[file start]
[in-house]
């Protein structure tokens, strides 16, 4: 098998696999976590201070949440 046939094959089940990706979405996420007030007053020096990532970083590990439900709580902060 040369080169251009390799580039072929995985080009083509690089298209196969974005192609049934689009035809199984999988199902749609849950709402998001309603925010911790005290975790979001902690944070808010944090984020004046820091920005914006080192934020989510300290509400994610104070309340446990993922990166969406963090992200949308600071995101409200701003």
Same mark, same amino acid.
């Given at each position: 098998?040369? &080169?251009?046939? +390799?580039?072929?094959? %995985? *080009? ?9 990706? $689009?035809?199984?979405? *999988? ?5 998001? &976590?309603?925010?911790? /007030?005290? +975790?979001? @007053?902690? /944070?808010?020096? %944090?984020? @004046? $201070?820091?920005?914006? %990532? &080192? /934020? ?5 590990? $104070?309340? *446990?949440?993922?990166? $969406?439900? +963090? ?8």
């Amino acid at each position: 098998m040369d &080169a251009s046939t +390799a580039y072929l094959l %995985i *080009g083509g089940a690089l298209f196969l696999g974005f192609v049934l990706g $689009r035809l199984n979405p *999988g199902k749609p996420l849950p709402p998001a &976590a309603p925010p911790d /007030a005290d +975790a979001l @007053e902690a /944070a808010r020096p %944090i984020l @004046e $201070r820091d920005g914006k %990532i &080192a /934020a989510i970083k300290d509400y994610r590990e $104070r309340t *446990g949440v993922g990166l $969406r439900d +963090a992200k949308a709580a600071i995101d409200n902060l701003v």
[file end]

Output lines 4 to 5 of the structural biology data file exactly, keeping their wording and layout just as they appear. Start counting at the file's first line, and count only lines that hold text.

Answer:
């Given at each position: 098998?040369? &080169?251009?046939? +390799?580039?072929?094959? %995985? *080009? ?9 990706? $689009?035809?199984?979405? *999988? ?5 998001? &976590?309603?925010?911790? /007030?005290? +975790?979001? @007053?902690? /944070?808010?020096? %944090?984020? @004046? $201070?820091?920005?914006? %990532? &080192? /934020? ?5 590990? $104070?309340? *446990?949440?993922?990166? $969406?439900? +963090? ?8």
């Amino acid at each position: 098998m040369d &080169a251009s046939t +390799a580039y072929l094959l %995985i *080009g083509g089940a690089l298209f196969l696999g974005f192609v049934l990706g $689009r035809l199984n979405p *999988g199902k749609p996420l849950p709402p998001a &976590a309603p925010p911790d /007030a005290d +975790a979001l @007053e902690a /944070a808010r020096p %944090i984020l @004046e $201070r820091d920005g914006k %990532i &080192a /934020a989510i970083k300290d509400y994610r590990e $104070r309340t *446990g949440v993922g990166l $969406r439900d +963090a992200k949308a709580a600071i995101d409200n902060l701003v």